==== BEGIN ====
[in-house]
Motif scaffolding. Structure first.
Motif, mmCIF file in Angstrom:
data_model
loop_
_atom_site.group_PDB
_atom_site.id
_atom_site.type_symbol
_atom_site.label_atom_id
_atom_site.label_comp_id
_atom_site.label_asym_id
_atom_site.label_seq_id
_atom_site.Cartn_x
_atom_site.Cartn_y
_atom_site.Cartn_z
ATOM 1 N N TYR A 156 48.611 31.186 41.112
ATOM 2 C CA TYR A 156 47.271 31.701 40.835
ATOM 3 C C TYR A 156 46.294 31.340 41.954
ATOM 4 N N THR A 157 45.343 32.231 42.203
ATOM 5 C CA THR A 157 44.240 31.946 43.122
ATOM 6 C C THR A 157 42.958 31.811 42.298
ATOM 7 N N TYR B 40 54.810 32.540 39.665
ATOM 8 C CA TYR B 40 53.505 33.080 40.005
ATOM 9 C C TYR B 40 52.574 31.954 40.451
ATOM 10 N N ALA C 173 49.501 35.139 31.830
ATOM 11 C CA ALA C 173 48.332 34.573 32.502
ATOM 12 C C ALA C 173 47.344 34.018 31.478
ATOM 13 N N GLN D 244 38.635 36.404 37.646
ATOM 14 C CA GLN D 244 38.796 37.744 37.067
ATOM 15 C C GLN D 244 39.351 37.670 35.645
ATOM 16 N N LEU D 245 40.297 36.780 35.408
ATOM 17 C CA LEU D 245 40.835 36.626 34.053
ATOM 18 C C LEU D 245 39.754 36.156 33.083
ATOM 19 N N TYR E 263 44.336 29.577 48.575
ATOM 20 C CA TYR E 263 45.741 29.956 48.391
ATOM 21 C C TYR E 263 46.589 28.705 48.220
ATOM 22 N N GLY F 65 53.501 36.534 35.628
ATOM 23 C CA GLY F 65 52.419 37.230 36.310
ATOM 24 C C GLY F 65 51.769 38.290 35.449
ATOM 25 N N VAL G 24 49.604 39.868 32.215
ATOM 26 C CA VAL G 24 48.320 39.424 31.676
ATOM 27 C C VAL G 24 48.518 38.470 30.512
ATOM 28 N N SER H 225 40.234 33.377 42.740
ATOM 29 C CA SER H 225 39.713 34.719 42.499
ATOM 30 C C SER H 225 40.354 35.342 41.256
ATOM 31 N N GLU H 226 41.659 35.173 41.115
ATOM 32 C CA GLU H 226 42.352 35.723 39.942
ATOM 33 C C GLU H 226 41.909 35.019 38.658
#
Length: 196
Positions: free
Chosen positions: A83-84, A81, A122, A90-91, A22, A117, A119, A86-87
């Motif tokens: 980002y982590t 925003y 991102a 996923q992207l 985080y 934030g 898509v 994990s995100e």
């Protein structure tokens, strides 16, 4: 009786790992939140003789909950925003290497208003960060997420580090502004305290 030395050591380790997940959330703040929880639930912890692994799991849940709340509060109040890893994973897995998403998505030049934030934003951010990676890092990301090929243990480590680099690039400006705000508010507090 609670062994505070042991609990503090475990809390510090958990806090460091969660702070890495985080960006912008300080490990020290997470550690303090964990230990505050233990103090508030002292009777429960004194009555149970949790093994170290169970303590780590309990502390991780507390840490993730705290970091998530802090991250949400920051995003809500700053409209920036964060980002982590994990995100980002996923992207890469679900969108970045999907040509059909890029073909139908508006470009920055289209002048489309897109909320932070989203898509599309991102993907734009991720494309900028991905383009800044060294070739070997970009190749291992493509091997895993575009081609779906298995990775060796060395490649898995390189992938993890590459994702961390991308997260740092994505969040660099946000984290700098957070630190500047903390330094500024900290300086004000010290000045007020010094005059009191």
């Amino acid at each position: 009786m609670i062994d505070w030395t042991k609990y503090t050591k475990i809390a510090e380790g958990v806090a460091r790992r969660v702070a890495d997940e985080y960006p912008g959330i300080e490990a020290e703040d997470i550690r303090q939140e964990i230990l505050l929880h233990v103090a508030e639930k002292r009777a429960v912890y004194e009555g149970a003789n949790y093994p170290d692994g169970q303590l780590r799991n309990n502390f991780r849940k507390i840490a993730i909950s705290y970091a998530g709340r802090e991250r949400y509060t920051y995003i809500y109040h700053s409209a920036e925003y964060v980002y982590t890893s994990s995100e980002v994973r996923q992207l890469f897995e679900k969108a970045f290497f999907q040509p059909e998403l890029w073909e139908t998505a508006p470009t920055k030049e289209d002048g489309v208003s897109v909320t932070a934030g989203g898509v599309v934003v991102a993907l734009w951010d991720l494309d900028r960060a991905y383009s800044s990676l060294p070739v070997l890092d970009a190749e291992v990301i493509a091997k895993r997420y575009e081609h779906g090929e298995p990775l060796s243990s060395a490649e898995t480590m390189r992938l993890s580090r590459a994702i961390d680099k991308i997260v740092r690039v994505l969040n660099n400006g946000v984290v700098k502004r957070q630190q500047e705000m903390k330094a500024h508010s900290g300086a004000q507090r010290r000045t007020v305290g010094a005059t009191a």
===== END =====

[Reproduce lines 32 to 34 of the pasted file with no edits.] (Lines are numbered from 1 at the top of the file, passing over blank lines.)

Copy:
ATOM 17 C CA LEU D 245 40.835 36.626 34.053
ATOM 18 C C LEU D 245 39.754 36.156 33.083
ATOM 19 N N TYR E 263 44.336 29.577 48.575